Products You May Like
In 2000, Afshin Ghotbi found himself marveling at where life had taken him. Here was an Iranian-born, American-raised soccer coach, heading to Hong Kong from Los Angeles on a British Airways flight so he could interview with a Dutchman to be an assistant coach for South Korea’s national team.
“If that’s not globalization, I’m not sure what is,” he said with a laugh during an exclusive interview with ESPN FC.
Ghotbi’s globetrotting ways haven’t stopped. His coaching career has spanned three decades across 12 different teams. He’s been part of coaching staffs at three World Cups and spent the past dozen years in Asia, coaching in four different countries. In July, he was appointed manager of China League One side Shijiazhuang Ever Bright FC for the second time and in early-November, his side clinched promotion to the Chinese Super League.
“I’m not surprised,” said former U.S. international John O’Brien, who played on youth teams in Southern California coached by Ghotbi. “Afshin was always so astute and so driven. It’s been interesting, as an Iranian and an American, to see what opportunities have presented themselves and which ones haven’t.”
In many ways, Ghotbi is U.S. soccer’s international man of mystery, fulfilling several key roles through the years while remaining largely unknown. He played collegiately at UCLA from 1981-85 and the U.S. is where his coaching career began. His last stateside coaching gig was as an assistant to Steve Sampson during the LA Galaxy’s double-winning season in 2005. Yet even as Ghotbi returned to China, he still felt the pull of the U.S., the country that formed many of his soccer experiences. He interviewed for the managerial post at LAFC in 2017, which ultimately went to Bob Bradley, and still holds aspirations of coaching once again in his adopted homeland.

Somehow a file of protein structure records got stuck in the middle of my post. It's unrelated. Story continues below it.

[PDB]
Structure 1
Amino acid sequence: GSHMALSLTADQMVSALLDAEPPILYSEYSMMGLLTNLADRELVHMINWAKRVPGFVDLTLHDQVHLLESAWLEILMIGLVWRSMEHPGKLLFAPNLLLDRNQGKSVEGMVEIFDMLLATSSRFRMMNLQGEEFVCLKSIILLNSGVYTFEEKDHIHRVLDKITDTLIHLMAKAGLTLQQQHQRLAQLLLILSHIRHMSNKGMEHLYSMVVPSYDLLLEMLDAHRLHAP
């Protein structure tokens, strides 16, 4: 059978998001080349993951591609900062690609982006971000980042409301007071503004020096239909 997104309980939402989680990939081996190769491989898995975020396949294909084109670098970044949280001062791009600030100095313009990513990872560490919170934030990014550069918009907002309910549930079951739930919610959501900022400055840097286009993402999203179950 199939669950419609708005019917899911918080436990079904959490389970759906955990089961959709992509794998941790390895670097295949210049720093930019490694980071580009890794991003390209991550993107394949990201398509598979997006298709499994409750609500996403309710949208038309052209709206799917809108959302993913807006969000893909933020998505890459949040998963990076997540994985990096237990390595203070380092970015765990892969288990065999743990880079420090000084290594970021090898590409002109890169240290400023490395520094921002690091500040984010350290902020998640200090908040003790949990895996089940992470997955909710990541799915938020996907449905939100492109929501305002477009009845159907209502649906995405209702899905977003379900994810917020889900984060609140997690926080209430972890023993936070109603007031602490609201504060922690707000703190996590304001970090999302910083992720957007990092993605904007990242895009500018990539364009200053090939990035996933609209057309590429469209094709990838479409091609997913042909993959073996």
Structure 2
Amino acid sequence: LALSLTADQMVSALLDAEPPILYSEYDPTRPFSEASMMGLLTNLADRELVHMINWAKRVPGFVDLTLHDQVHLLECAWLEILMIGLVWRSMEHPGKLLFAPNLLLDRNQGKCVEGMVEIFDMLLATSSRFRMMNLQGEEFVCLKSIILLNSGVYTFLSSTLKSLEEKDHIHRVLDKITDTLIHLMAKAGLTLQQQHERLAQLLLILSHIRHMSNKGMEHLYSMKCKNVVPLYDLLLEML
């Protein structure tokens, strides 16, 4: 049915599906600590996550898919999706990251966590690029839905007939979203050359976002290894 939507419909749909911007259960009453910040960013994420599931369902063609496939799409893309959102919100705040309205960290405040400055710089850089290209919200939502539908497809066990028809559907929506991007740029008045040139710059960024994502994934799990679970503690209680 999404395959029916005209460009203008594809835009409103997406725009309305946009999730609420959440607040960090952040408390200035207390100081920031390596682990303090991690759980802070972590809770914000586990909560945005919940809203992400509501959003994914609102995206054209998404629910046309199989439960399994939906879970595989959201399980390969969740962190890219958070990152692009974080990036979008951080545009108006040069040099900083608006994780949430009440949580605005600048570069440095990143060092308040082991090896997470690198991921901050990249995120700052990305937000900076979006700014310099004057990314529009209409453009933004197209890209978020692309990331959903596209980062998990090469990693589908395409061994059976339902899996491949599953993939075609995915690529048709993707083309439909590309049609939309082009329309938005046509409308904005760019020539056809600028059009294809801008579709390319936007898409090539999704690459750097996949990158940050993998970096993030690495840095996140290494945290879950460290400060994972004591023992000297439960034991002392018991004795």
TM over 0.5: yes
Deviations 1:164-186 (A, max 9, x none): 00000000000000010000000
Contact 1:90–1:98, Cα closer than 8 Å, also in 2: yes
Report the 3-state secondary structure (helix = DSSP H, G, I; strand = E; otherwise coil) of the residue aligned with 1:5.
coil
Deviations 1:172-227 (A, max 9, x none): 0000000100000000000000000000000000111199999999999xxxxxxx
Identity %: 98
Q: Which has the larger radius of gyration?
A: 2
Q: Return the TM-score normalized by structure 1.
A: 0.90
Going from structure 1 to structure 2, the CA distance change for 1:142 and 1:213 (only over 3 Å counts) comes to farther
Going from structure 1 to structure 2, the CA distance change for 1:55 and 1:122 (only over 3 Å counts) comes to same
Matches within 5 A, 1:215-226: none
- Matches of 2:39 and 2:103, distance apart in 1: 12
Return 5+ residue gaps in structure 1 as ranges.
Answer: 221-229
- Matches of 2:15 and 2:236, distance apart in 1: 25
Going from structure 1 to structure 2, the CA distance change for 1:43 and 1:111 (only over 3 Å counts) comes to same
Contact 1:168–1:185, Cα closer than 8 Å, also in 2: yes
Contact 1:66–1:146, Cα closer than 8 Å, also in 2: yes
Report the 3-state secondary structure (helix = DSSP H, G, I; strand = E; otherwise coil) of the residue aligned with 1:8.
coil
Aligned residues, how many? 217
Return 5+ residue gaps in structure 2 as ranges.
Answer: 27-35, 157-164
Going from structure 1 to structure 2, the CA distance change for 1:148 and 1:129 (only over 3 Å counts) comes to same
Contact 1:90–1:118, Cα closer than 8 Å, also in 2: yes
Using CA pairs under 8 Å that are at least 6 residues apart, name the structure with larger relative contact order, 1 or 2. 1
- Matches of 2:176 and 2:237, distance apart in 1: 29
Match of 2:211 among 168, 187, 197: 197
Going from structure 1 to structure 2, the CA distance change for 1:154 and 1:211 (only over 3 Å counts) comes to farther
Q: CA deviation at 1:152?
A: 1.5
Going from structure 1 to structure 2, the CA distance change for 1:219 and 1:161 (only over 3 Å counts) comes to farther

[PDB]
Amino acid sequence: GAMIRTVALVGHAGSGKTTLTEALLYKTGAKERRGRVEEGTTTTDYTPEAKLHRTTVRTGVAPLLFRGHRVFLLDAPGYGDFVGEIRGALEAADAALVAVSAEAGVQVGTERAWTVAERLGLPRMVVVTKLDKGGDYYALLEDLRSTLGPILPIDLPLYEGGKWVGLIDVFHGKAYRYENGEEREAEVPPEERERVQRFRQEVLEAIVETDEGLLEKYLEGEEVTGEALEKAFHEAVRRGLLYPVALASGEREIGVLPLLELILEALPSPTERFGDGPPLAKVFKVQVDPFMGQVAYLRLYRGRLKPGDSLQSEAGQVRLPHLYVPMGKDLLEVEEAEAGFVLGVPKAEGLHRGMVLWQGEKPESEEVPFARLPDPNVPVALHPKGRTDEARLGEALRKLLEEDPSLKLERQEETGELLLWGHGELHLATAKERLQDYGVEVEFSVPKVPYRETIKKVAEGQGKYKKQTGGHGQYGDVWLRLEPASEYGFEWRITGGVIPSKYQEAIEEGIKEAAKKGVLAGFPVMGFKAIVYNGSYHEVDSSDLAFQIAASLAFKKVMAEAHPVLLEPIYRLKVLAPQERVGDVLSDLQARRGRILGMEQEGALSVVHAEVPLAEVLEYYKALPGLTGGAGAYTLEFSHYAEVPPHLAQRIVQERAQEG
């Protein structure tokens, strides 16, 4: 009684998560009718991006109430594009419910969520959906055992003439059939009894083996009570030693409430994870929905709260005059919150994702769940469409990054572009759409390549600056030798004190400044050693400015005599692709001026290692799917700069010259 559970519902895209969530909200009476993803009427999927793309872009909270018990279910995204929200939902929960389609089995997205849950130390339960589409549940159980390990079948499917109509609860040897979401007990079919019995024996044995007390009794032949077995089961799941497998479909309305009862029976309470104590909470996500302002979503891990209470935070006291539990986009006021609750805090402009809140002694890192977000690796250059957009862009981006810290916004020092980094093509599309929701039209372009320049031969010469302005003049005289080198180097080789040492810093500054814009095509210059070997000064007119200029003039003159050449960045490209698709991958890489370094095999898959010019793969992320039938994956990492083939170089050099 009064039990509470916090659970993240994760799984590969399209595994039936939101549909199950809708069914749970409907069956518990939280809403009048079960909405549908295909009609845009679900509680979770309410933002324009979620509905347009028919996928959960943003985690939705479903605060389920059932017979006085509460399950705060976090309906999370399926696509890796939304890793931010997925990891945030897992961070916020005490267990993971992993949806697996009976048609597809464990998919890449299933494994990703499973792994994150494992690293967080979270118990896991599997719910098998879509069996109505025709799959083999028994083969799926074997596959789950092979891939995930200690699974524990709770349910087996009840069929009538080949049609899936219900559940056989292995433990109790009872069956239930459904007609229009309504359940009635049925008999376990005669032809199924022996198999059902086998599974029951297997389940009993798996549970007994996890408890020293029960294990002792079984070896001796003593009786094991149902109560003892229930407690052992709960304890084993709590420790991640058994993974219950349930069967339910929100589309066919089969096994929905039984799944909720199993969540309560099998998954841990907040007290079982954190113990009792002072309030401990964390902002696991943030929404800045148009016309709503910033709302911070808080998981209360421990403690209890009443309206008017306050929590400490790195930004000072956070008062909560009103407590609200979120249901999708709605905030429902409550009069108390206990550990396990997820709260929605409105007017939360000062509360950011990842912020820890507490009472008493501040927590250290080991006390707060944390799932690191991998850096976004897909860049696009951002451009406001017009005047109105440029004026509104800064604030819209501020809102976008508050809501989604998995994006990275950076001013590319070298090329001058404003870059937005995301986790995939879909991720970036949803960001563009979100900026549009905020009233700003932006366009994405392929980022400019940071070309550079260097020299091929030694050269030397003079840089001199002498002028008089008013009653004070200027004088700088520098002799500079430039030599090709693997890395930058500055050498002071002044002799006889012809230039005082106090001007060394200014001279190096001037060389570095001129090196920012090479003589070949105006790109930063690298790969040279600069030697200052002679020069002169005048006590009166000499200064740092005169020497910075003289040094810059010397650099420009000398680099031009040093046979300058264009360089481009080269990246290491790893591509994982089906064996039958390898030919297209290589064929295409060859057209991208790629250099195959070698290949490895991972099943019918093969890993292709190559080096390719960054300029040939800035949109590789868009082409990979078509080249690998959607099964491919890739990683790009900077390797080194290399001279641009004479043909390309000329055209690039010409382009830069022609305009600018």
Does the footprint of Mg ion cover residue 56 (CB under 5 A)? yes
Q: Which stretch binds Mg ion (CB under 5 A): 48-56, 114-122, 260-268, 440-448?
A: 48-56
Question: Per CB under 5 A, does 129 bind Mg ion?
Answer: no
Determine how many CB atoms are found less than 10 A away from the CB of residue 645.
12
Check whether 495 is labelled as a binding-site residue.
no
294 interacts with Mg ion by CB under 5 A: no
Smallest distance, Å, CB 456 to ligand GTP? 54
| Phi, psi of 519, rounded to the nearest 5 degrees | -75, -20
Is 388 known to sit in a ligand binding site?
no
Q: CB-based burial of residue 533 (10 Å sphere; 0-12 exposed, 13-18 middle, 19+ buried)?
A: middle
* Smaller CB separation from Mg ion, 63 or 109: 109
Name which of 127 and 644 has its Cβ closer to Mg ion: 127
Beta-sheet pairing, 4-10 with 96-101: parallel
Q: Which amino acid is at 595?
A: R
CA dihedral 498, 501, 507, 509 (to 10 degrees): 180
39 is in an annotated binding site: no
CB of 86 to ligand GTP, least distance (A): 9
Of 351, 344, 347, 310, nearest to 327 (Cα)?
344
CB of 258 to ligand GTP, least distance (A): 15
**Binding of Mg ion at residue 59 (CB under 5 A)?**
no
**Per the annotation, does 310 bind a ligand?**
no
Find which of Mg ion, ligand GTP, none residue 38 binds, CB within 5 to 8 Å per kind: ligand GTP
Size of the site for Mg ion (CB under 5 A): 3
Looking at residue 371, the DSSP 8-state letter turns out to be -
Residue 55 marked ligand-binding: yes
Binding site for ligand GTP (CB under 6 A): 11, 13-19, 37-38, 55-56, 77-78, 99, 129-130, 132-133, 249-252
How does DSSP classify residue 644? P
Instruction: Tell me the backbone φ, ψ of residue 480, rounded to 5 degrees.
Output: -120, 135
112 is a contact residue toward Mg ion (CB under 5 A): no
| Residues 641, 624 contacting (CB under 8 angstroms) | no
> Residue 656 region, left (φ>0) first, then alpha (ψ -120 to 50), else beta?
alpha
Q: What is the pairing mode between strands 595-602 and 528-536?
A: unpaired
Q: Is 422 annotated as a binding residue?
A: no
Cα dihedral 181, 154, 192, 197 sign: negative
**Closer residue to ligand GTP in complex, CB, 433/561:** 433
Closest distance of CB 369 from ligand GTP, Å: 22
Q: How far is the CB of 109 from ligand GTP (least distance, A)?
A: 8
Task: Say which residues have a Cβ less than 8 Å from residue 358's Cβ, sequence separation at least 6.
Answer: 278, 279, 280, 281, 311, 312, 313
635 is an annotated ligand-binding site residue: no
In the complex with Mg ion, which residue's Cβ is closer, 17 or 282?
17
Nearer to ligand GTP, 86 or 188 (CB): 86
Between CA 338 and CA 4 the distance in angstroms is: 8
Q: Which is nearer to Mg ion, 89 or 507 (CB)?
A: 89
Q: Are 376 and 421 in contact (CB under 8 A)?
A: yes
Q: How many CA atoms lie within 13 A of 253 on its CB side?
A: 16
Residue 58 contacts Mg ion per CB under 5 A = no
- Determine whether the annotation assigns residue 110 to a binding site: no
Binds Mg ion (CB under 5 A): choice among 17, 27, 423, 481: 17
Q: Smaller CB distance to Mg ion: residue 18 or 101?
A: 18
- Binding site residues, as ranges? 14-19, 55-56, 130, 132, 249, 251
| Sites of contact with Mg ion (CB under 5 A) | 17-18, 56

“I feel that my experiences and my qualities can bring something very different to the league and the players in MLS,” he said. “I think because I’ve been 15 years away most people have forgotten or don’t know me, but I think once they get to know me and see how I work, they will love the way my teams will play. I really think I can reach into the hearts of every player and make them giants.”
Ghotbi was born in Tehran, Iran, and his love for the game of soccer started early. He recalls playing in the streets with friends: bricks were used for goals, cars were defenders and combination passes were played off houses. “And sometimes angry neighbors,” he notes with a laugh.
In 1978, after his parents divorced and his father remarried to an American, Ghotbi moved to the U.S. with his family at the age of 13. Settling in the L.A. suburb of Glendale, Ghotbi played soccer to connect to his new home. He was a self-starter, convincing the principal at his middle school to let him start a soccer team provided he could find a coach. It proved to be the first of many valuable lessons. “At that moment, soccer was not so big in America. You not only had to become a player but a promoter. You had to be a coach and you had to multi-task to play the game you love,” he said.
Ghotbi excelled as a player in high school and he was good enough to walk on to a UCLA team that included former U.S. international Paul Caligiuri, who scored the dramatic goal that sent the U.S. to the 1990 World Cup. The coaching staff at the time included manager Sigi Schmid and eventual U.S. national team boss Sampson. Upon graduation with a degree in electrical engineering, Ghotbi founded the American Global Soccer School in 1988. Starting with $100, one player showed up on the first day, but it soon grew into 10 teams and 1,000 students each year. Ghotbi’s motivation was borne of something he had seen at UCLA.
“Even the UCLA players missed the technical quality, they needed to play at the highest level,” he said. “The reason is when they’re younger, no one is working with them.” The school saw the likes of O’Brien, an eventual U.S. international, ex-MLS defender Joey DiGiamarino and Pete Vagenas, who won two MLS Cups with LA Galaxy, pass through its doors. Ghotbi was demanding in terms of players gaining mastery of the ball. It was through Ghotbi’s connections that O’Brien moved to Ajax.